Lauren L.

asked • 11/18/12

tan^2x-sin^2x=tan^2xsin^2x

The directions say to prove the identity. I understand how these two functions work, but I don't understand how to go through the process of getting from the left side to the right side. 

2 Answers By Expert Tutors

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Robert J. answered • 11/18/12

Certified High School AP Calculus and Physics Teacher

Michael B. answered • 11/18/12

I can provide your 'A-HA' moment

Lauren L.

Could you remind me how you factored out sin^2x from the left in proof step 5? Other than that, everything else was very helpful, it makes so much more sense.

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11/18/12

Angel M.

look at (sin^2(x)-sin^2(x)cos^2(x)) as (2-2x). Both terms have a two therefore can be factored out, 2(1-x).

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11/18/12

Michael B.

Angel's answer is generally correct, if a bit confusing.  I would have said it this way: think of (sin2x - sin2x cos2x) as (a - ab) where a=sin2x and b=cos2x.  Now, when 'factoring out' we are looking for an expression that is common in both terms 'a' and 'ab'.  The common term is simply 'a', so we can factor it out.  Factoring it out is the opposite of the 'distribution' property - that is, it is distribution in reverse.  So for each term, we can ask "a times what is equal to the term?"  So for the first term, a, we say "a times what is equal to a?" and the answer is 1.  For the second term, "a times what is equal to ab?" and the answer is b.  So: (a - ab) = a(1 - b).

Now since we said a=sin2x and b=cos2x, we know that:

sin2x - sin2x cos2x = sin2x (1 - cos2x)

 

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11/18/12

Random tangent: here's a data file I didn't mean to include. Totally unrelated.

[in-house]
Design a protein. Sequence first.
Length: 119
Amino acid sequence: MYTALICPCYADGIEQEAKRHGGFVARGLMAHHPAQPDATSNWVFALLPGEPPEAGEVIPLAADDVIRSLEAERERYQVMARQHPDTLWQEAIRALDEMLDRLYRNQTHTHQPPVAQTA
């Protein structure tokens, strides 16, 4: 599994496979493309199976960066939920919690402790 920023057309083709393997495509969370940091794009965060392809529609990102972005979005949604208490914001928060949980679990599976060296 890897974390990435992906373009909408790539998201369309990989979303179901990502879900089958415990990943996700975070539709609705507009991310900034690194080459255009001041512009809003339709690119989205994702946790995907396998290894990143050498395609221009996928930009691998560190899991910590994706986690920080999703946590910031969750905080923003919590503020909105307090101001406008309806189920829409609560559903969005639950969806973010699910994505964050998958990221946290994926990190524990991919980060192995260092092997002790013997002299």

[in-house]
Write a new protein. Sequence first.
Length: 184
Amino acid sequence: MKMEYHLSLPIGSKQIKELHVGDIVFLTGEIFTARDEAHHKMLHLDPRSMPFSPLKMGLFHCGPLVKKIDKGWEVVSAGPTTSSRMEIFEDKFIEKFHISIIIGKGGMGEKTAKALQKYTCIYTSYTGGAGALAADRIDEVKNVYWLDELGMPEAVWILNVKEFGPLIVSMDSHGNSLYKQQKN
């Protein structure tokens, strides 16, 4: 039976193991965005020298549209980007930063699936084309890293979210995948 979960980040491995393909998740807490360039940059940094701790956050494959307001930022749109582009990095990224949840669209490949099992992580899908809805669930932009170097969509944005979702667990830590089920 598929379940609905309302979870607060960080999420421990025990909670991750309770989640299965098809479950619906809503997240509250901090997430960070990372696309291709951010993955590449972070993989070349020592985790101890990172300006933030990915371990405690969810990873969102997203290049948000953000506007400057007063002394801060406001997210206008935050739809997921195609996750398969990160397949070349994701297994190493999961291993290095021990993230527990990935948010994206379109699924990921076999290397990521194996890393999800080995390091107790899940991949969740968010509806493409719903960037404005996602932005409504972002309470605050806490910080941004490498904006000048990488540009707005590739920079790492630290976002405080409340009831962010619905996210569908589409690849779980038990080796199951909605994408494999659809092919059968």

Fallou B.

Wait im not getting how you found a common denominator
 
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04/01/15

Michael B.

Fallou, there are two additive terms on the left: sin2x/cos2x and sin2x.  We need the second term, sin2x to have a common denominator of cos2x, so we multiply both the numerator (sin2x) and denominator (an implicit 1) by cos2x, resulting in:
 
sin2x       sin2x cos2x
------   -  --------------
cos2x           cos2x
 
which is then combined into:
 
  sin2x - sin2x cos2x
 ------------------------
            cos2x
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05/14/15

Stefan C.

this is the best explanation on the internet!
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02/22/19

Gabrielle G.

where does the cos^2x denominator go? I am at sin^4x/cos^2x=sin^4x/cos^2x but i cannot see how the cos^2x disappears. HELP!!!
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03/25/19

Michael B.

Gabrielle, I'm not quite sure what step you are looking at. To cancel the cos^2x, just multiply both sides by cos^2x. But remember that the original question was to prove that the identity is true. If you ever get to a step where you have the same expression on both sides of the equal sign, then you are done - you have completed the proof. Since you say you are at sin^4x/cos^2x = sin^4x/cos^2x (the same thing on both sides) you can say that you have completed the proof.
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03/25/19

Kumar E.

How does sin^2x - sin^2x * cos^2x = sin^4x?????
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1d

Michael B.

Kumar remember the trig identity: cos^2x = 1 - sin^2x. When you substitute this into your equation, you get: sin^2x - sin^2x * (1 - sin^2x) = sin^4x.... then distribute the sin^2x sin^2x - sin^2x + sin^4x = sin^4x..... then the sin^2x terms cancel sin^4x = sin^4x
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1d

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